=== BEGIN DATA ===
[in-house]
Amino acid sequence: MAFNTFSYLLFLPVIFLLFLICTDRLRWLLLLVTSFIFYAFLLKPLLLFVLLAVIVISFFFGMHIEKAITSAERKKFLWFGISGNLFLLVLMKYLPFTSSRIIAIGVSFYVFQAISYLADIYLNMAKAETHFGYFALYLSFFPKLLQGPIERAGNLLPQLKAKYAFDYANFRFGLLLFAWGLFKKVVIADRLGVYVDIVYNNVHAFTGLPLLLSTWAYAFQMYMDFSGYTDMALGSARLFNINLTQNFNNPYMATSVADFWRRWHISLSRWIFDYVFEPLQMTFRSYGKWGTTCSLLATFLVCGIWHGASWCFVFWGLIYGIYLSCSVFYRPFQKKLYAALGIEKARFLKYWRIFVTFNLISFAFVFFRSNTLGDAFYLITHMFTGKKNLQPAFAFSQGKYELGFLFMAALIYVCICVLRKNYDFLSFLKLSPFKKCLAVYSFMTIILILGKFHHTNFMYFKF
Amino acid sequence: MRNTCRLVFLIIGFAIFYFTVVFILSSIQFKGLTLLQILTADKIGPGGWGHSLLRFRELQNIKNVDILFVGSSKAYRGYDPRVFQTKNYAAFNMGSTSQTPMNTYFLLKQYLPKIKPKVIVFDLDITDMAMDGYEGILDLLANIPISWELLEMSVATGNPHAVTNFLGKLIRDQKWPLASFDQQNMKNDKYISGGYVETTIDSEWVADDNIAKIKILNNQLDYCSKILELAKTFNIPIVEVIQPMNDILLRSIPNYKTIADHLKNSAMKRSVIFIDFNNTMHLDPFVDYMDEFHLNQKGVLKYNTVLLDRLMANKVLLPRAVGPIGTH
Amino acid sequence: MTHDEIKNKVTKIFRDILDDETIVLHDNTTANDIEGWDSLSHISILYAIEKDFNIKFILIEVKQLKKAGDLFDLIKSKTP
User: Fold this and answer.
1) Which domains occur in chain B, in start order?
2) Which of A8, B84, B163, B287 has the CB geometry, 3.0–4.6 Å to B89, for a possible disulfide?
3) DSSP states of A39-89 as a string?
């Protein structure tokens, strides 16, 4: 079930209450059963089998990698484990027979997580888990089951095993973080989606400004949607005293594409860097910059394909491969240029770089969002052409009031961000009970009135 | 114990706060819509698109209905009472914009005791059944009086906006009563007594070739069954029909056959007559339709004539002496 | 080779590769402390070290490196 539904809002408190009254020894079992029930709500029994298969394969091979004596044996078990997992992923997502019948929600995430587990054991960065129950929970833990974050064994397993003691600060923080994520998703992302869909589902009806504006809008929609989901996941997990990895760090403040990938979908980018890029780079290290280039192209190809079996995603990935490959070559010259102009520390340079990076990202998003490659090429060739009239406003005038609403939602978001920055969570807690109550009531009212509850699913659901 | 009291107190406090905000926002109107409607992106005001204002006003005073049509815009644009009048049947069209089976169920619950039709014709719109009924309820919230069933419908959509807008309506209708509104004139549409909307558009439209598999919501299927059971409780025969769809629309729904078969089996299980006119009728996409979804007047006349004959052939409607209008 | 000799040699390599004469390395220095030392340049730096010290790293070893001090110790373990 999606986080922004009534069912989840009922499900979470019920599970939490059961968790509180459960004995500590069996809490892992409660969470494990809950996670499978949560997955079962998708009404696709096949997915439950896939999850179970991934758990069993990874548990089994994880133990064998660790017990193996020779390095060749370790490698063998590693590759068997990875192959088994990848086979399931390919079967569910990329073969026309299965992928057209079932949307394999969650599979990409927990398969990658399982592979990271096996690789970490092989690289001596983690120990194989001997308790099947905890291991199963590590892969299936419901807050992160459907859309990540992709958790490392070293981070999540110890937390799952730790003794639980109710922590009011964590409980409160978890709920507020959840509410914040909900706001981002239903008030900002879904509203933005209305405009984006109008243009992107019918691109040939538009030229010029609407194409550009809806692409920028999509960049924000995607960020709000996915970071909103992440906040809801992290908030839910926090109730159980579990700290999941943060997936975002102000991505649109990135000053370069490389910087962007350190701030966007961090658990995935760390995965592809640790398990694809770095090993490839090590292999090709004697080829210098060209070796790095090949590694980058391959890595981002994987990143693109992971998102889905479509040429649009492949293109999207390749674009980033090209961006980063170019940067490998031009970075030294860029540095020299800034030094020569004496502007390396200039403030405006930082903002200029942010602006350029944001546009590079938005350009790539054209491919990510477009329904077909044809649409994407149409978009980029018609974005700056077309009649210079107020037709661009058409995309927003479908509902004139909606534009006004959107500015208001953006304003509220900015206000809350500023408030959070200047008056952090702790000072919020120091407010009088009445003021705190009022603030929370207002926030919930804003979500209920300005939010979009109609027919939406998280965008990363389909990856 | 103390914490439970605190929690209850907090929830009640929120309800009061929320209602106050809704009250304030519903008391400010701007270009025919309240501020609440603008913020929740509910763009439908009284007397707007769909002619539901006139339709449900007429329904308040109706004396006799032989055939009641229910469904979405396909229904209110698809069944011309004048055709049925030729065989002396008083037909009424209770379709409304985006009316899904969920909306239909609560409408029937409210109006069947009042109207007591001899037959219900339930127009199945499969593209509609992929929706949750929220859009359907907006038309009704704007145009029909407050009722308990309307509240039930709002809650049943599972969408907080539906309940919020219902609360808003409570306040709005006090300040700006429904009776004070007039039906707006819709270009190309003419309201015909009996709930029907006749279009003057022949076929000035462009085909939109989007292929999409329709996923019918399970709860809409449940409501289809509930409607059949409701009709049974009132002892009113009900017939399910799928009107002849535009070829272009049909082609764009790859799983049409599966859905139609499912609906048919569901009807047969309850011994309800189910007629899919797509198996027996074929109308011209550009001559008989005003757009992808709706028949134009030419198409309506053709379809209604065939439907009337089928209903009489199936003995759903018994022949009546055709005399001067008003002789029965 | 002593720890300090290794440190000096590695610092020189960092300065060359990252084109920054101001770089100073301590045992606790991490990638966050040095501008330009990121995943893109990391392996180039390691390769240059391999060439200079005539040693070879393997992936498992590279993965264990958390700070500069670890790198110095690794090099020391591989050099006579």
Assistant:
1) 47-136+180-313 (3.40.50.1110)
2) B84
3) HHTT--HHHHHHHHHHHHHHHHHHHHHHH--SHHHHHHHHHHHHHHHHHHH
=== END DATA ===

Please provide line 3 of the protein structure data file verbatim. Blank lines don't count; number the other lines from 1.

Amino acid sequence: MRNTCRLVFLIIGFAIFYFTVVFILSSIQFKGLTLLQILTADKIGPGGWGHSLLRFRELQNIKNVDILFVGSSKAYRGYDPRVFQTKNYAAFNMGSTSQTPMNTYFLLKQYLPKIKPKVIVFDLDITDMAMDGYEGILDLLANIPISWELLEMSVATGNPHAVTNFLGKLIRDQKWPLASFDQQNMKNDKYISGGYVETTIDSEWVADDNIAKIKILNNQLDYCSKILELAKTFNIPIVEVIQPMNDILLRSIPNYKTIADHLKNSAMKRSVIFIDFNNTMHLDPFVDYMDEFHLNQKGVLKYNTVLLDRLMANKVLLPRAVGPIGTH